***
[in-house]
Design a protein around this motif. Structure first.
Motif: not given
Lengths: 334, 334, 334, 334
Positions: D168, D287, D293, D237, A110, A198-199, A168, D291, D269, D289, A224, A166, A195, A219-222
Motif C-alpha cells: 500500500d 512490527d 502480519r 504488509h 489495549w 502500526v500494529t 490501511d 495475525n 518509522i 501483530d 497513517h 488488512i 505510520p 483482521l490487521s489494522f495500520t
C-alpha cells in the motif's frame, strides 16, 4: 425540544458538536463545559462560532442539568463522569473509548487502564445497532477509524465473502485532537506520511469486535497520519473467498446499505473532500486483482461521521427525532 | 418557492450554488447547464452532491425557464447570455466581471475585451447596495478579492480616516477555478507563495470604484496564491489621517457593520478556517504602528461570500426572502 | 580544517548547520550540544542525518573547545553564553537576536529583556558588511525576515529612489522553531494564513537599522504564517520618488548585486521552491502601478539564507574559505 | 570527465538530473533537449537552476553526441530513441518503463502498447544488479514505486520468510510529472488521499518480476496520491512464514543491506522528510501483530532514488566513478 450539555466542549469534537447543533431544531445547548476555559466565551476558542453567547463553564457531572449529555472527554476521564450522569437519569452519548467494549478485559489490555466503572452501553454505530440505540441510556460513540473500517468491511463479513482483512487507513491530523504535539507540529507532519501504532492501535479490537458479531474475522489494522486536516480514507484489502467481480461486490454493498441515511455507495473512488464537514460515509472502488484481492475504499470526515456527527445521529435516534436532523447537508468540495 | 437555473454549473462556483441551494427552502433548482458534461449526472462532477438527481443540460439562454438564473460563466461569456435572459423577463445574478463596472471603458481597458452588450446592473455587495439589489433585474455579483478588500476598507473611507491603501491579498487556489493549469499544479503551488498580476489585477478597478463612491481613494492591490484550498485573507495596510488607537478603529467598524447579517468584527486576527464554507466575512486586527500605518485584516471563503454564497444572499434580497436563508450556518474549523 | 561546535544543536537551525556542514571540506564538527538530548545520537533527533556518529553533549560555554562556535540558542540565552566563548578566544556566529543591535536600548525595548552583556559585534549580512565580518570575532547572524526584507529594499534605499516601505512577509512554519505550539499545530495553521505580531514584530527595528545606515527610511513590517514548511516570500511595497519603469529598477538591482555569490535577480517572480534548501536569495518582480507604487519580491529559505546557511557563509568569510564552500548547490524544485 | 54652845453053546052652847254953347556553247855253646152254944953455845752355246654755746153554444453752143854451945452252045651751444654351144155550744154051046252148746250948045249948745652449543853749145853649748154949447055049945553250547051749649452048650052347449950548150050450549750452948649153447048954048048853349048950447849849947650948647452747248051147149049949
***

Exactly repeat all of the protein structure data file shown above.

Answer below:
[in-house]
Design a protein around this motif. Structure first.
Motif: not given
Lengths: 334, 334, 334, 334
Positions: D168, D287, D293, D237, A110, A198-199, A168, D291, D269, D289, A224, A166, A195, A219-222
Motif C-alpha cells: 500500500d 512490527d 502480519r 504488509h 489495549w 502500526v500494529t 490501511d 495475525n 518509522i 501483530d 497513517h 488488512i 505510520p 483482521l490487521s489494522f495500520t
C-alpha cells in the motif's frame, strides 16, 4: 425540544458538536463545559462560532442539568463522569473509548487502564445497532477509524465473502485532537506520511469486535497520519473467498446499505473532500486483482461521521427525532 | 418557492450554488447547464452532491425557464447570455466581471475585451447596495478579492480616516477555478507563495470604484496564491489621517457593520478556517504602528461570500426572502 | 580544517548547520550540544542525518573547545553564553537576536529583556558588511525576515529612489522553531494564513537599522504564517520618488548585486521552491502601478539564507574559505 | 570527465538530473533537449537552476553526441530513441518503463502498447544488479514505486520468510510529472488521499518480476496520491512464514543491506522528510501483530532514488566513478 450539555466542549469534537447543533431544531445547548476555559466565551476558542453567547463553564457531572449529555472527554476521564450522569437519569452519548467494549478485559489490555466503572452501553454505530440505540441510556460513540473500517468491511463479513482483512487507513491530523504535539507540529507532519501504532492501535479490537458479531474475522489494522486536516480514507484489502467481480461486490454493498441515511455507495473512488464537514460515509472502488484481492475504499470526515456527527445521529435516534436532523447537508468540495 | 437555473454549473462556483441551494427552502433548482458534461449526472462532477438527481443540460439562454438564473460563466461569456435572459423577463445574478463596472471603458481597458452588450446592473455587495439589489433585474455579483478588500476598507473611507491603501491579498487556489493549469499544479503551488498580476489585477478597478463612491481613494492591490484550498485573507495596510488607537478603529467598524447579517468584527486576527464554507466575512486586527500605518485584516471563503454564497444572499434580497436563508450556518474549523 | 561546535544543536537551525556542514571540506564538527538530548545520537533527533556518529553533549560555554562556535540558542540565552566563548578566544556566529543591535536600548525595548552583556559585534549580512565580518570575532547572524526584507529594499534605499516601505512577509512554519505550539499545530495553521505580531514584530527595528545606515527610511513590517514548511516570500511595497519603469529598477538591482555569490535577480517572480534548501536569495518582480507604487519580491529559505546557511557563509568569510564552500548547490524544485 | 54652845453053546052652847254953347556553247855253646152254944953455845752355246654755746153554444453752143854451945452252045651751444654351144155550744154051046252148746250948045249948745652449543853749145853649748154949447055049945553250547051749649452048650052347449950548150050450549750452948649153447048954048048853349048950447849849947650948647452747248051147149049949